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The Impact of Eating Disorders on Loved Ones by Robyn Cruze

“Eating disorders cripple not only the spirit of those who suffer from the illness but also their loved ones.”

Whenever I speak those words to patients during my monthly talks at Eating Recovery Center, the energy in the room immediately changes, seemingly hushed by a thick, woven blanket of guilt and shame. It can be overwhelming to imagine the pain others are experiencing at the hands of an eating disorder. Each month, I also speak to families during the Eating Recovery Center's family days, where the conversation inevitably leads to taking time out for self-care. "Who has the time for this?" Somehow, worrying about our loved ones has become a full-time job (along with having a full-time job!). Often, we walk around with the fear of loss; it debilitates us so that we cannot move. This constant fear of what could happen (anticipatory grief) keeps us in a narrow world, just as the eating disorder does to the sufferer. Constant fear has us so far removed from our lives that it's sometimes hard to remember there was any other life before the eating disorder, but there was, and there is. The truth is that family members don't get better because the loved one who is suffering gets better. We need to get better, too. Ultimately, we aid our loved one's recovery by aiding our own. If my mum was still alive, I think she would tell you that working through her pain and reclaiming her life from the illness was vital for her recovery. She would say that giving herself a little space allowed me some much-needed space to learn and grow in recovery. She would tell you that as a mother, she never stopped worrying, but she learned the power of surrender.  She may have said that the hardest thing and the best thing she ever did to help herself during my illness were the same things. Just like the eating disorder sufferer, we must be willing to try a new way—a way that can feel hard, terrifying, and messy. Doing something for yourself may not prevent you from worrying; it simply adds you back into the equation of life, where you belong. Do something for yourself; get support, learn and practice self-care, connect with those whom you miss, and make space for your loved one to do the same. #RecoverLife If you are a family member wanting more support, please feel free to contact us at alumni@eatingrecoverycenter.com.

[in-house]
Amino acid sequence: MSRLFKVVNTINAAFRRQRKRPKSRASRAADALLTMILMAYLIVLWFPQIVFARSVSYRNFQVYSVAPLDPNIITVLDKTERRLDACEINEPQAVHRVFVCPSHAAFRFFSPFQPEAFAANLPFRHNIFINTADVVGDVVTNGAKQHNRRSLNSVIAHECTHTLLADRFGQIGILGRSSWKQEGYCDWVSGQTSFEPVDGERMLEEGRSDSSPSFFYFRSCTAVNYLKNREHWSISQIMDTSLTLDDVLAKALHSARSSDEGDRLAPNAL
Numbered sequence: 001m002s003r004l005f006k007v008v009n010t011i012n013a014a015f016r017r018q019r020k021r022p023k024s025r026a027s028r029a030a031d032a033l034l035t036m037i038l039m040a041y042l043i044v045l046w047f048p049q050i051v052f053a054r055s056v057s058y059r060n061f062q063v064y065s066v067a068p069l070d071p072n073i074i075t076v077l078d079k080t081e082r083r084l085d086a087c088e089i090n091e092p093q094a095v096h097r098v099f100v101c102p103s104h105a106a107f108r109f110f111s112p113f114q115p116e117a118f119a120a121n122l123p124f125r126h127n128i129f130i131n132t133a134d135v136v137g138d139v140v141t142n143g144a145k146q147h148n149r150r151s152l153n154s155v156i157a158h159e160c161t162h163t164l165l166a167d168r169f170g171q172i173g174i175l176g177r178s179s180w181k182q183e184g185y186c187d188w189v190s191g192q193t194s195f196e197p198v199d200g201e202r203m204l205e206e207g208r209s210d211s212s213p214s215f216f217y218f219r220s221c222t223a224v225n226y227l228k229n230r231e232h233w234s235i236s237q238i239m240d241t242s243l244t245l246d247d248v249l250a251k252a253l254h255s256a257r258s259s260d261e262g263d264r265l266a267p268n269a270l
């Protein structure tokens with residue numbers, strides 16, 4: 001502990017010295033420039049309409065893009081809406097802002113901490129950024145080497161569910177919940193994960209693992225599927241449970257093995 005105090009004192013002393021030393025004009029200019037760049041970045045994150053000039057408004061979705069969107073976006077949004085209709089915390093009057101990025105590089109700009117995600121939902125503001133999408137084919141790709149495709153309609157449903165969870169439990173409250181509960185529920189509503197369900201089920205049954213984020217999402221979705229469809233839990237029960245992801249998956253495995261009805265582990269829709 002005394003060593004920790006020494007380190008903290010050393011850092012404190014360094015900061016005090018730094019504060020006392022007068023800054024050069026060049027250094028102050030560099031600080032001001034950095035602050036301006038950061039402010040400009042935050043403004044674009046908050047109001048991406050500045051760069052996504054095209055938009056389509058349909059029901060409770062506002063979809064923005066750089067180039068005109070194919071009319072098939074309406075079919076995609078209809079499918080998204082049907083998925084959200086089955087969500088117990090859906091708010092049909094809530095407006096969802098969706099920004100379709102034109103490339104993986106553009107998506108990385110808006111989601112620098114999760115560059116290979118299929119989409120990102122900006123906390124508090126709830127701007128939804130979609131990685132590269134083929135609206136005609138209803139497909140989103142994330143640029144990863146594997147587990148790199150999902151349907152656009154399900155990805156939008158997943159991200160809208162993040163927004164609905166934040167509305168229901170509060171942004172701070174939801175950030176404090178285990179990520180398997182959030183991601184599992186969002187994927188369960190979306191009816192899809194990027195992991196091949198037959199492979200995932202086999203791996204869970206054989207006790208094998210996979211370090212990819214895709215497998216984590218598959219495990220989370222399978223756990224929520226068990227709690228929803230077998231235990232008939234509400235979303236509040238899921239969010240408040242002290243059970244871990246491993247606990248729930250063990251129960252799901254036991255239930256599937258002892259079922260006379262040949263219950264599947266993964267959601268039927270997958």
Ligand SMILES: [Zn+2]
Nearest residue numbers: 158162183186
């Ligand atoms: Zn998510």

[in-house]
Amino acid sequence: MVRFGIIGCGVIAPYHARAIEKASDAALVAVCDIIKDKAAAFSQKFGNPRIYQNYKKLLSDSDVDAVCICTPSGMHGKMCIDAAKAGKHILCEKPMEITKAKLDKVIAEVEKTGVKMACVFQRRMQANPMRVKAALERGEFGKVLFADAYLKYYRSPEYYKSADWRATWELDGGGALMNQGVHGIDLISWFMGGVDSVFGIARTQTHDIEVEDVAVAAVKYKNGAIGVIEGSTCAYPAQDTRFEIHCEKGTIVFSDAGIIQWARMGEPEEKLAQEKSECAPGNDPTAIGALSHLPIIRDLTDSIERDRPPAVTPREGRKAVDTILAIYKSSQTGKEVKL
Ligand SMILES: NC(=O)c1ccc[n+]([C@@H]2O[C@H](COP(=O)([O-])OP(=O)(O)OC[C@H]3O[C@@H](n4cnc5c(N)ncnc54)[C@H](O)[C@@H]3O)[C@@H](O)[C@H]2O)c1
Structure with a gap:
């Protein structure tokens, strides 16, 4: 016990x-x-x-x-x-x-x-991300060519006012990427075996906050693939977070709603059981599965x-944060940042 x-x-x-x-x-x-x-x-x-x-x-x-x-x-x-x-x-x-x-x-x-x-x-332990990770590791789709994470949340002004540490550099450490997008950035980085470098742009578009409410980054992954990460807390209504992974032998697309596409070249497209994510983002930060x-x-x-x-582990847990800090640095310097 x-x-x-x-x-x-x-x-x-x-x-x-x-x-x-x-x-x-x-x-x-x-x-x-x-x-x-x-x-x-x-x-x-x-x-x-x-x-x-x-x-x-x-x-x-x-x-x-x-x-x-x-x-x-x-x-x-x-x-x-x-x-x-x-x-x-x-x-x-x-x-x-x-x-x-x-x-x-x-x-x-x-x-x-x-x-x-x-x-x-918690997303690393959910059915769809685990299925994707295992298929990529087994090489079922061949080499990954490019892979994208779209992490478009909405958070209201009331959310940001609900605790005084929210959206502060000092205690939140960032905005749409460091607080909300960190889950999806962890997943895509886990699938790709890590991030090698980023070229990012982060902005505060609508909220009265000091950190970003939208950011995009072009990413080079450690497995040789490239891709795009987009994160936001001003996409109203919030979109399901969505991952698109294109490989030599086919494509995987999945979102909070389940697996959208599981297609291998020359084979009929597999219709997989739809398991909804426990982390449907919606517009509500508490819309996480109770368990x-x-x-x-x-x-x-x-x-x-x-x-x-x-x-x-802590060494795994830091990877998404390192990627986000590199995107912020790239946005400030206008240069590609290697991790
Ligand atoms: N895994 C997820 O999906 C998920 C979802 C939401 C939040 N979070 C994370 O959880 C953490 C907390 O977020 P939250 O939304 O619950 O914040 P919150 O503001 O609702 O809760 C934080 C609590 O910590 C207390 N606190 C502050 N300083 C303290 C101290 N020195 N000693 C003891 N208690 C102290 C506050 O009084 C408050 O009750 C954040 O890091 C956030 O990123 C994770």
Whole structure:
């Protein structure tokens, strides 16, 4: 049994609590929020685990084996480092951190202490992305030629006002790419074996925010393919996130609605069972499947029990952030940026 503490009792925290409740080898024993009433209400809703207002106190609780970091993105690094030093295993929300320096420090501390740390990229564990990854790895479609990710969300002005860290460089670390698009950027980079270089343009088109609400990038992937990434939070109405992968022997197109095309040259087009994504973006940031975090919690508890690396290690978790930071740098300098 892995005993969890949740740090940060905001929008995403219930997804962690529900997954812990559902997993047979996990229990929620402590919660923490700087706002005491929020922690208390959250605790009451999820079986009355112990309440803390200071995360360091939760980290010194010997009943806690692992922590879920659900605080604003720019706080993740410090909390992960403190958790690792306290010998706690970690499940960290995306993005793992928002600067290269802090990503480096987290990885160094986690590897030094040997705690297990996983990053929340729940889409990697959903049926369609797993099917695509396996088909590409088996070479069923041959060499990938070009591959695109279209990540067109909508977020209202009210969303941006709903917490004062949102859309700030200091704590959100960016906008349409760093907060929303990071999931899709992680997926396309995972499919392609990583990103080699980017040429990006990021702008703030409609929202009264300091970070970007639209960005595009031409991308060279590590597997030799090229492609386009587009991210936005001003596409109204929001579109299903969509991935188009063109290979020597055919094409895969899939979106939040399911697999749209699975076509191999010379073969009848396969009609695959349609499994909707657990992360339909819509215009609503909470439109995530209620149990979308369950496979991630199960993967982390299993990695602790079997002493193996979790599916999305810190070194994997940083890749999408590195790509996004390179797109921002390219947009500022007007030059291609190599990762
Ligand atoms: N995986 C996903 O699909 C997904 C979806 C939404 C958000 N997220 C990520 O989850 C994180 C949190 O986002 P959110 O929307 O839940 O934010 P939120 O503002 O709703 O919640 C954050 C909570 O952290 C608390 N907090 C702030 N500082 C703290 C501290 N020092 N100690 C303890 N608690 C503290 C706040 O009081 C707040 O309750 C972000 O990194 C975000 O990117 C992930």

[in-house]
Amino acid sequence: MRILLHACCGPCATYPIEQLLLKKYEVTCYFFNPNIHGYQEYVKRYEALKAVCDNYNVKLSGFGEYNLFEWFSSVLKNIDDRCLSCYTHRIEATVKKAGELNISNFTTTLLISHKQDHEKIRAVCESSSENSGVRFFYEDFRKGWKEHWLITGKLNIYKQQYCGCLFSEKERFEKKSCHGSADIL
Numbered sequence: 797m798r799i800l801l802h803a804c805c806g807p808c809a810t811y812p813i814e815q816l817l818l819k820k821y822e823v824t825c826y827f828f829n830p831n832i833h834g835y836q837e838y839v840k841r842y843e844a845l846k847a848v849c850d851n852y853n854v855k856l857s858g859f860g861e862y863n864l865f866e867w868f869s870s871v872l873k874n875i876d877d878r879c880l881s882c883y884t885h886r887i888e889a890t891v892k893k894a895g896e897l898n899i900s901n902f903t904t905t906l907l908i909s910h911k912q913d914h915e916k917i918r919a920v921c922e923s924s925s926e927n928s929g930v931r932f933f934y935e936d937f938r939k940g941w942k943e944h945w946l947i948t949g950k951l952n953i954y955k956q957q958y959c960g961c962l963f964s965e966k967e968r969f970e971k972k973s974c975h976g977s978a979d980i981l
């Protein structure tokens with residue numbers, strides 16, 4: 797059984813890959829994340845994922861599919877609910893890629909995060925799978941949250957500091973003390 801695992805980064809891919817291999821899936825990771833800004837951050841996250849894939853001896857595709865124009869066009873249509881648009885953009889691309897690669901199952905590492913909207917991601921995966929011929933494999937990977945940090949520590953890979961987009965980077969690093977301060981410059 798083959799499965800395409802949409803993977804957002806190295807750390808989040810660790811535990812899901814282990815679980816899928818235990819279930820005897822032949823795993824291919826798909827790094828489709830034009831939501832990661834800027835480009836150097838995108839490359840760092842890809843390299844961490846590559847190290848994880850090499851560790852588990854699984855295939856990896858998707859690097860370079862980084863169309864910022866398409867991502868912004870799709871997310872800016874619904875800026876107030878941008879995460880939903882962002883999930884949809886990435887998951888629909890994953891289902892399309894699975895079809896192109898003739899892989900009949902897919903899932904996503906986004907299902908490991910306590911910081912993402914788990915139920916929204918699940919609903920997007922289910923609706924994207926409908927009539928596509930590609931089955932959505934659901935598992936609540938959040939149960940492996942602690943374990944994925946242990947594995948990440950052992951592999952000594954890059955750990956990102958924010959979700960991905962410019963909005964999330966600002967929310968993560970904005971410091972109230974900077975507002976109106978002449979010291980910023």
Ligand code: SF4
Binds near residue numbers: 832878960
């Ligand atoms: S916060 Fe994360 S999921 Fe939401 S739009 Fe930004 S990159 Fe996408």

Eating Recovery Center and Pathlight Mood and Anxiety Center are accredited through the Joint Commission. This organization seeks to enhance the lives of the persons served in healthcare settings through a consultative accreditation process emphasizing quality, value and optimal outcomes of services.

Organizations that earn the Gold Seal of Approval™ have met or exceeded The Joint Commission’s rigorous performance standards to obtain this distinctive and internationally recognized accreditation. Learn more about this accreditation here.

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